One of the main problems with nature-based tourism in recent years has been the involvement of foreign-owned businesses and tour operators whose main motive is capturing tourist dollars, opponents contend. Many corporate firms that run tour operations in top ecotourism destinations actually show disregard for environmental conservation by leaving trash behind, polluting water sources and bankrolling ecologically destructive infrastructure projects, critics charge. In the Galapagos Islands, such developments have threatened the core identity of the region, they contend. "This place could turn into another Disneyland," warns Fernando Ortiz, head of the local branch of Conservation International.
Many critics dispute supporters' assertions that money generated from ecotourism operations is often funneled into local economies. While opponents acknowledge that some nature-based tour operators do in fact recycle some of their profits into the community to raise residents' quality of life, they argue that many foreign-owned tour operators use their profits to fund business initiatives that have nothing to do with ecotourism. "Tourism proceeds are not being reallocated to the management or enhancement of the natural systems or to compensate local individuals who are adversely affected by the presence of protected areas," asserts Osmany Salas, executive director of the Audubon Society in Belize, a popular ecotourism destination in Central America.
Some critics say that regardless of some ecotourism companies' alleged dedication to environmental preservation, most are simply interested in making money and little else. "People talk about ecotourism, but the fact is that the tourism industry is always looking for a quick buck," declares Doug Rhodes, owner of Hotel Paradiso del Osos in Mexico. Rhodes adds that many nearby hotels in the area catering to ecotourists do not dispose of their sewage and trash properly. Although he asserts that ecotourists would likely have no objections to paying the bill for improved waste management, Rhodes complains that many hotel operators simply lack the initiative to make their facilities more environmentally friendly, perhaps because they do not want to invest money in such upgrades. "It's just a matter of will," he says.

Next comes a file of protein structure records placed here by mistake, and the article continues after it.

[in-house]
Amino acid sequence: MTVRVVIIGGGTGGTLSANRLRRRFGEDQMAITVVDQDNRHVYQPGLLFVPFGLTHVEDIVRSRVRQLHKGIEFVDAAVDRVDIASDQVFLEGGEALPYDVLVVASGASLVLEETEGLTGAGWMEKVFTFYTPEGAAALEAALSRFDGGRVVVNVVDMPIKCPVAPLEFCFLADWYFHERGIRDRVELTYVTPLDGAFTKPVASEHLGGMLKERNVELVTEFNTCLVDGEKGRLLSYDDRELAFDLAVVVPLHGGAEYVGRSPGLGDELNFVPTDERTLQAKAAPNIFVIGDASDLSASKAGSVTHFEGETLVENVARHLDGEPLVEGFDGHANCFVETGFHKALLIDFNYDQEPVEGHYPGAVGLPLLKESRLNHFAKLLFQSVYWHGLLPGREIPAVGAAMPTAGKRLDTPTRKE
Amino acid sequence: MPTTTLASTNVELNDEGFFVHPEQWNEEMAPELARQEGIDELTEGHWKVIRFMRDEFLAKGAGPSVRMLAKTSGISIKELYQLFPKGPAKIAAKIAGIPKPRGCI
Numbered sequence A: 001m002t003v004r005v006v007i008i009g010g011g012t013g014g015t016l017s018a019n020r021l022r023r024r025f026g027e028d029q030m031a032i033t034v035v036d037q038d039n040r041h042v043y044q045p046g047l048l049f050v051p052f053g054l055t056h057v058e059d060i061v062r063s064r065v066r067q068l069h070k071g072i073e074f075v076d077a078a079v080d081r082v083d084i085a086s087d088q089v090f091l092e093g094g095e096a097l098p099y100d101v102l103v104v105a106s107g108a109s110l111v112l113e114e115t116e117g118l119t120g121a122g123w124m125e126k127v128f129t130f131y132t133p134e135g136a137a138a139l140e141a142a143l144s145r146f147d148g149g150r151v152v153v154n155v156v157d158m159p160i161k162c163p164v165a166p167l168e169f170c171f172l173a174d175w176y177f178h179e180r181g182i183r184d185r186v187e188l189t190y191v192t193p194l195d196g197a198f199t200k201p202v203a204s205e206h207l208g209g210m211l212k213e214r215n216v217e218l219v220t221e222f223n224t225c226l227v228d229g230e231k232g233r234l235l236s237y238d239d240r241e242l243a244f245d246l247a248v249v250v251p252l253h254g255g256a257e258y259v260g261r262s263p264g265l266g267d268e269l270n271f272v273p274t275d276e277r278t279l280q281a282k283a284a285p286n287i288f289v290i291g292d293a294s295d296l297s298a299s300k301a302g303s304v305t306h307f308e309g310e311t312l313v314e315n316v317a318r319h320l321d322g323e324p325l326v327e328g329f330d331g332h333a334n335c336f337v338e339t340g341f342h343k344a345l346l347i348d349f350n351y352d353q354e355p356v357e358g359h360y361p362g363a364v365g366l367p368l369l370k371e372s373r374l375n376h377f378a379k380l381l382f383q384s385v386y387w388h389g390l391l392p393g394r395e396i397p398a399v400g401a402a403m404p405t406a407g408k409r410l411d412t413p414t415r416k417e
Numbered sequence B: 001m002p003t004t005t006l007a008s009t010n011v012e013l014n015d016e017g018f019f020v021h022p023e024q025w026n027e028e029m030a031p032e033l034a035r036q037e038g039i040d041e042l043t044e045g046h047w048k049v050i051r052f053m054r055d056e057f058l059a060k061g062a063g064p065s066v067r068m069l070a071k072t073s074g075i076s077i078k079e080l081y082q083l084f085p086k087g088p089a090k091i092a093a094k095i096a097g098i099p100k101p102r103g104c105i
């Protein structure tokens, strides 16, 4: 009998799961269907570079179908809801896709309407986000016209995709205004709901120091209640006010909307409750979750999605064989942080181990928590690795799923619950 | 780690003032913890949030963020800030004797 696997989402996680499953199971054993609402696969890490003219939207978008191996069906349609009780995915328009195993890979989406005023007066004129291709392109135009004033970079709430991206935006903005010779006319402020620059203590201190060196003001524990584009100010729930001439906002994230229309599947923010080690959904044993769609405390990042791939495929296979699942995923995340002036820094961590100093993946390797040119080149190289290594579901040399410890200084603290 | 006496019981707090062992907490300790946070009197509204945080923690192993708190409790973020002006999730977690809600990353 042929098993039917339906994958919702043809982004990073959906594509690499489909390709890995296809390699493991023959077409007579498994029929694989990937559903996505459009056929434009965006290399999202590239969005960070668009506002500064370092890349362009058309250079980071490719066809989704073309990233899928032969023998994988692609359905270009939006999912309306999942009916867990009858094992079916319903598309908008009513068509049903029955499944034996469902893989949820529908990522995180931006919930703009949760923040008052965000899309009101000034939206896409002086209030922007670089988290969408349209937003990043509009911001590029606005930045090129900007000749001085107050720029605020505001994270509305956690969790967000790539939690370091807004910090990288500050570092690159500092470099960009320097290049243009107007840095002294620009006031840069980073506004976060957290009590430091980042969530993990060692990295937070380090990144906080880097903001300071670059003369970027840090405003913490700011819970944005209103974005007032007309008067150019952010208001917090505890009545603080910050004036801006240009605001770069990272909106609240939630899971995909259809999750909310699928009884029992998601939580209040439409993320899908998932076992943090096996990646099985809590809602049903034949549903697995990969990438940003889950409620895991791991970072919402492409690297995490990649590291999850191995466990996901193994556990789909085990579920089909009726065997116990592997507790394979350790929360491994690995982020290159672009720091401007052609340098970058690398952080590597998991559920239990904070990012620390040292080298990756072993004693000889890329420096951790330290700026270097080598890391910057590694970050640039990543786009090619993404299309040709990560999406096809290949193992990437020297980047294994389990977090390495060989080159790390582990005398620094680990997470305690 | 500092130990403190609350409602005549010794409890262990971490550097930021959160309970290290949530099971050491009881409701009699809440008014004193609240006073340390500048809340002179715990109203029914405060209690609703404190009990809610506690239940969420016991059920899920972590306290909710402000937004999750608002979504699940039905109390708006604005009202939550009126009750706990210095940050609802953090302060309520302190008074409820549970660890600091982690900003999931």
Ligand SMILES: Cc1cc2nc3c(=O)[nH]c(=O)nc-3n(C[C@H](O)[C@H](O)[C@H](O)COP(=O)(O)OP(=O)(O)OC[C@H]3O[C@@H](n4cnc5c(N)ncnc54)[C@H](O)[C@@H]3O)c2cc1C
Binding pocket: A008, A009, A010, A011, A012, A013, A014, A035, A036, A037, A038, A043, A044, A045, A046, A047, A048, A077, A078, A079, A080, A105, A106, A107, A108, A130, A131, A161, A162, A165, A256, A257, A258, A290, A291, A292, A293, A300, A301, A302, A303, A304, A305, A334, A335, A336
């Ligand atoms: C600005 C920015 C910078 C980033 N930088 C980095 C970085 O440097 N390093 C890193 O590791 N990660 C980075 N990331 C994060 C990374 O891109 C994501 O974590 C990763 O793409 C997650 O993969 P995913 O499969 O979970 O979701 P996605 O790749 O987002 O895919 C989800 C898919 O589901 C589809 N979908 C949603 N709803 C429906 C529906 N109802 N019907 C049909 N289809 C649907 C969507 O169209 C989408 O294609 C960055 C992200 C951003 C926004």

In the view of many critics, the best way to resolve the current environmental crisis faced by many ecotourism destinations is to either restrict the number of visitors--via quotas or higher prices--or create some sort of regulatory body that monitors ecotourism operations to ensure quality control. By taking those steps, opponents say, the integrity of at-risk ecosystems could be maintained while preserving nature enthusiasts' access to those areas. Failure to quickly reduce the number of visitors in environmentally sensitive areas of the world could mean that those regions will be destroyed within a few decades, critics warn.
Finally, a few critics of ecotourism contend that nature-based tourism is not only environmentally destructive, but culturally destructive as well. Those opponents say that the very presence of wealthy ecotourists--who often are not familiar with or interested in local customs--causes a major disruption in the lives of local residents. Environmental tourists have "a huge economic, environmental and social impact merely by arriving in a developing country," argues Rosaleen Duffy, an outspoken critic of ecotourism who has written a book on the topic (A Trip Too Far: Ecotourism, Politics and Exploitation) and lectures at Britain's Lancaster University.